In this digital photography age, organizing and backing up pictures can be really overwhelming. It’s also kind of a funny problem because what the heck are you going to do with all those backed up pictures anyway? Sit on your computer and just click “next” a zillion times and look through them? Go back and make scrapbooks in 15 years?
But nonetheless, no one wants to lose their pictures. That’s why your mom has tubs of printed pictures (and maybe even the film negatives) in her storage room. And that’s why you (and I) have been trying to figure out the best way to backup digital photos. Because regardless of what we plan to do with them, we all want our pictures somewhere safe!
I take a TON of pictures, organize them monthly (using this system), and make annual family photo albums. For several years, I’ve backed them up monthly to an external hard drive. Recently, I’ve researched switching to cloud backup and wanted to share some different options for where to organize and backup your pictures.
Organizing Option #1- On Your Computer
I have a macbook laptop and have used iPhoto for several years.
- Easy to organize albums and folders (has an old school drop-down look which I really like)
- Easy to view events or all pictures
- No internet required (sometimes I catch up on picture projects in the car on road trips)
- Syncs with my phone (I have auto-sync turned off, but I manually send all the pictures from my phone to my computer once a month.)
- This is what my current iPhoto folders look like:
Several of those folders pictures have several albums in the drop-down. For example, the “VIDEOS” folder and “BLOG” folder look like this:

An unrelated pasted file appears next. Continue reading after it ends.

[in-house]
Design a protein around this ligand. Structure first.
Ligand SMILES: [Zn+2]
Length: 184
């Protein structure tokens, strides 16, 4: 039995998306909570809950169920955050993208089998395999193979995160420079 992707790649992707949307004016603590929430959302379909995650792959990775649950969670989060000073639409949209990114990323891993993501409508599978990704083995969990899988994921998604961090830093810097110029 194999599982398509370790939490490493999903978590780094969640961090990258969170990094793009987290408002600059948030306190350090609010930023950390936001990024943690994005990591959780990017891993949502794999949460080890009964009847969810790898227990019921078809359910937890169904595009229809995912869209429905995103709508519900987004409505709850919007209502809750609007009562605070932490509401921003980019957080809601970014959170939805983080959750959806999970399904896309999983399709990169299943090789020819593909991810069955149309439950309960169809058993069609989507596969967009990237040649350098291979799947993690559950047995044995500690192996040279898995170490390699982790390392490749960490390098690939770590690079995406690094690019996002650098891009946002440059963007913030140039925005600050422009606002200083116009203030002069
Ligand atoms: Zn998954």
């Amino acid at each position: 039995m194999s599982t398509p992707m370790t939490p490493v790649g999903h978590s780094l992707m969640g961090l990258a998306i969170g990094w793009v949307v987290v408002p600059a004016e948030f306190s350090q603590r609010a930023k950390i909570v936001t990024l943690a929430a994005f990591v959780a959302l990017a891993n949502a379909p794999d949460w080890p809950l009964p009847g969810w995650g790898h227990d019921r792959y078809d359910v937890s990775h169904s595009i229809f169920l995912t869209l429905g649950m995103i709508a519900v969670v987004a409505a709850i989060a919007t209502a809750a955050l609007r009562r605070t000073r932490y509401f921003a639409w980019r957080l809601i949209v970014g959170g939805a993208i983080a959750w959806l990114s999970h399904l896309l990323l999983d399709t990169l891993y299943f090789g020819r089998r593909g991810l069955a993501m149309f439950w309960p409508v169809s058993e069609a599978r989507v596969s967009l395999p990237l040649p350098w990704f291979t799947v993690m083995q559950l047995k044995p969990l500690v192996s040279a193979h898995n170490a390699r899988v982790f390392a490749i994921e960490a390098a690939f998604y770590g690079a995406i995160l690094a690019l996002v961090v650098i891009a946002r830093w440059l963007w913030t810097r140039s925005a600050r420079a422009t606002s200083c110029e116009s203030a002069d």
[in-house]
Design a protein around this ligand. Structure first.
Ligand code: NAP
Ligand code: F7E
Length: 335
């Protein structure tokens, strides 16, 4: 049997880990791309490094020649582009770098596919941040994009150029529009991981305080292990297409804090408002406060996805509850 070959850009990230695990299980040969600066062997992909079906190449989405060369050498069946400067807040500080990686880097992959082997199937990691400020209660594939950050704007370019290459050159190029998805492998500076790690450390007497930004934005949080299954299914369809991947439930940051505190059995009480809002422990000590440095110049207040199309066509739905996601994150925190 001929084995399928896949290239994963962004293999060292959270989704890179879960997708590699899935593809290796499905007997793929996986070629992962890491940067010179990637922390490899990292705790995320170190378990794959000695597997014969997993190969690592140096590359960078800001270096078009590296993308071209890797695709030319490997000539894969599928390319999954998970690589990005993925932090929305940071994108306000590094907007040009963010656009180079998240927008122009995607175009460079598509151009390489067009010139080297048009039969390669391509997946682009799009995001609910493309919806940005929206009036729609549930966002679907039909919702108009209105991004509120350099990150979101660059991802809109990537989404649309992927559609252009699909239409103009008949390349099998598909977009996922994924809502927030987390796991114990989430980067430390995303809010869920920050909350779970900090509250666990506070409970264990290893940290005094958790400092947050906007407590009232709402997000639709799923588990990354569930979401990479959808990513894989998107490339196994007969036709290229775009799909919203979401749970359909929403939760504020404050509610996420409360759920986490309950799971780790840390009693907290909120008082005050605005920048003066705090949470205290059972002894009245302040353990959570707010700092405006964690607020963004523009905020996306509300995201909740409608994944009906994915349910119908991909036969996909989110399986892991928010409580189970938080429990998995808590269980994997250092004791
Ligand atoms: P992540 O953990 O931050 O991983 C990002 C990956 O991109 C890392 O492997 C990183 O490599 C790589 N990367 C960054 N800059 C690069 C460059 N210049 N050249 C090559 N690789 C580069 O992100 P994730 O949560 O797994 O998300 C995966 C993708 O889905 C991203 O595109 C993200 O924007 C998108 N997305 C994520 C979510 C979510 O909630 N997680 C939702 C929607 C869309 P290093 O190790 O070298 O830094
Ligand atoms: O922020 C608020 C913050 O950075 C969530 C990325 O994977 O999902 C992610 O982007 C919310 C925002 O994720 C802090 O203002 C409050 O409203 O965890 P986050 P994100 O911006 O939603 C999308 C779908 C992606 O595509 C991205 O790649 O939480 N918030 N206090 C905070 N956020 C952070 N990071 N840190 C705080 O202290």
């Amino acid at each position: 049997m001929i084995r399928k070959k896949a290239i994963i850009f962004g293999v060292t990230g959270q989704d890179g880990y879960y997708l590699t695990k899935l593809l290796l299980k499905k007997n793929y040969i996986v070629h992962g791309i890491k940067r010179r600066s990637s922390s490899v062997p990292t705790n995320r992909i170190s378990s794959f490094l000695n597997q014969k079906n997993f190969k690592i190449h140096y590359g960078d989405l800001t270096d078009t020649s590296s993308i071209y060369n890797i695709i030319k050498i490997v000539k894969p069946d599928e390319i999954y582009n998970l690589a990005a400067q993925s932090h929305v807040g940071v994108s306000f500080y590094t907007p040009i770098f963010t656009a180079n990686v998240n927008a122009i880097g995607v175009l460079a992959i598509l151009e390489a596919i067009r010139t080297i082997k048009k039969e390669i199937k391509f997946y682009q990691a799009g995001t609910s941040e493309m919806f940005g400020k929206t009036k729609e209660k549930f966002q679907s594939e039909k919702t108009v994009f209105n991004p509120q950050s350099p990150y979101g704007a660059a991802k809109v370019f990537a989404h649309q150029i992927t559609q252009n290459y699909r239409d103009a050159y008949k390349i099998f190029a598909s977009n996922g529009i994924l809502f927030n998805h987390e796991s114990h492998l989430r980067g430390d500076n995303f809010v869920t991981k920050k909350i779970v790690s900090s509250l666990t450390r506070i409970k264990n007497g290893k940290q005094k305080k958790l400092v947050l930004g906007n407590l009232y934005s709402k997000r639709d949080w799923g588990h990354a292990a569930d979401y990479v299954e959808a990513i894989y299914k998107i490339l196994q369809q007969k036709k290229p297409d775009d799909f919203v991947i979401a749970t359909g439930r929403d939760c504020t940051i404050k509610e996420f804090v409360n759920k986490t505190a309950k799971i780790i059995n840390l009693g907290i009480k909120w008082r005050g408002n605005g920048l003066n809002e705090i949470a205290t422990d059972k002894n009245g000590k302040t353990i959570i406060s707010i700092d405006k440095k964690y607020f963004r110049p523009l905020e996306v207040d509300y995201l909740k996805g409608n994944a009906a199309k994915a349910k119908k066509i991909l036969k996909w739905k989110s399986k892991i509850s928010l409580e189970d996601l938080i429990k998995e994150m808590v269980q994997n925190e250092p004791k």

Windows computers also have a built in photo managing software on the computer that you can use pretty easily. Read some features of that here.
- No good auto-backup. I think iCloud is beyond confusing (and I’m decently good at understanding computers) so I just have all of that turned off on my Apple devices. For several years, I’ve manually backed up my pictures to my external hard drive after sorting, deleting, and organizing them.
- The other downside about iPhoto specifically is it’s weird. The files you see in iPhoto aren’t the “real” files. If you delete your entire iPhoto library, the files are still stored elsewhere on your computer. Which can take up a lot of space on your computer. You have to remember periodically to find the secret files on your computer and delete them, and it’s a huge hassle.
- In general, if you store pictures on your computer, it’s hard to keep track of them unless you are extremely systematic. The files end up in weird places all over your computer, taking up space, and you’re never quite sure whether or not you’ve backed them up.
Organizing Option #2 – In The Cloud
There are several good cloud (internet) – based photo managing tools now. I’ve poked around on a few and I think Google Photos is the current best option. You can use Google Photos to store, organize, edit, and backup all your pictures. Most of the pros and cons I list would apply for most cloud-based photo storage.
If you have a Google phone and/or a chrome book computer, then Google Photos is a no-brainer. But it’s even a really good option for other windows or mac people.
PROS OF GOOGLE PHOTOS:
- The phone app is easy to use on both Android phones and iPhones.
- The website is easy to use on a computer too. Let’s be honest, everything Google makes is easy to use. Except Google + … talk about a flop. Anyway.
- Currently, there is unlimited file storage if you let them compress the files. They claim that you can’t tell the difference in the print quality of the compressed files unless you blow them up the size of a bed sheet. I haven’t tried printing them that large, but I have used files from google photos in 12 x 12 photo albums and had no problem with the quality. Also, if you’re concerned with the size of the pictures, you can always pay for additional storage to store the original file size. (This is probably only an issue for people taking professional quality pictures anyway.)